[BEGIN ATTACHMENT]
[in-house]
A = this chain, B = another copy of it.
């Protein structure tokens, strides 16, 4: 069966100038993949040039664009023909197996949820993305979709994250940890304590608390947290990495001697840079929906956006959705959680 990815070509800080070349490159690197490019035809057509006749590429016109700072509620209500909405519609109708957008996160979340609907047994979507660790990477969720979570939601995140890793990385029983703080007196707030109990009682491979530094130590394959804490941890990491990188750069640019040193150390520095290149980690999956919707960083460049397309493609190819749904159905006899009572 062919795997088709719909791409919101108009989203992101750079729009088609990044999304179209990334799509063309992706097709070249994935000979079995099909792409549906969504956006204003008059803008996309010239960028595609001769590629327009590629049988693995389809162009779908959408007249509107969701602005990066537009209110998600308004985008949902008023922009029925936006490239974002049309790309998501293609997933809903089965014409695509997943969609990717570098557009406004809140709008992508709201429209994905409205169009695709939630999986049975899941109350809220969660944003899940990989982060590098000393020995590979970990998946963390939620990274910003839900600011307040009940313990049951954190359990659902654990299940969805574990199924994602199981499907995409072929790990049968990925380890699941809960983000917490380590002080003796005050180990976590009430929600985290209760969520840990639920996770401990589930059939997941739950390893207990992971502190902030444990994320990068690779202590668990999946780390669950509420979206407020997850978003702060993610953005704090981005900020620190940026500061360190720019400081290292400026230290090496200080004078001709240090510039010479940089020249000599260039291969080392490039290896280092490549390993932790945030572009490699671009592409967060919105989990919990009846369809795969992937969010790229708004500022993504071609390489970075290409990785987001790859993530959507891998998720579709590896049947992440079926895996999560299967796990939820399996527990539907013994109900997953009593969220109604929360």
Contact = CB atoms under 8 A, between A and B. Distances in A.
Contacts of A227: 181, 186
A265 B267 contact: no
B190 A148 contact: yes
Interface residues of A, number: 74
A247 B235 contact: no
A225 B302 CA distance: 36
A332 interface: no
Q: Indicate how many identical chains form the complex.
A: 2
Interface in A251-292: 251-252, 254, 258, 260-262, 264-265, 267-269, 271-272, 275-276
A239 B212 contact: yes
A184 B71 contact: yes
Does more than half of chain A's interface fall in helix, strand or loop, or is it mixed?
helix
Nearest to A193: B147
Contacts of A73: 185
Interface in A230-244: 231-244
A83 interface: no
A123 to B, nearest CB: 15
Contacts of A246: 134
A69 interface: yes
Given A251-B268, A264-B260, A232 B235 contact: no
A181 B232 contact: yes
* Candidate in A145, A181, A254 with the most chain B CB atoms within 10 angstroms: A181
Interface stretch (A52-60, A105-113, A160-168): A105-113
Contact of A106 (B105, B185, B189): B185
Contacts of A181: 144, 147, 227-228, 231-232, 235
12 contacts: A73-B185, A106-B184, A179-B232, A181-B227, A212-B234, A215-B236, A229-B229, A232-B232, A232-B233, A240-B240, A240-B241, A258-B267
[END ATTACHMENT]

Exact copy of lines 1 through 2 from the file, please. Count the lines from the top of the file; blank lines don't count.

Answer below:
[in-house]
A = this chain, B = another copy of it.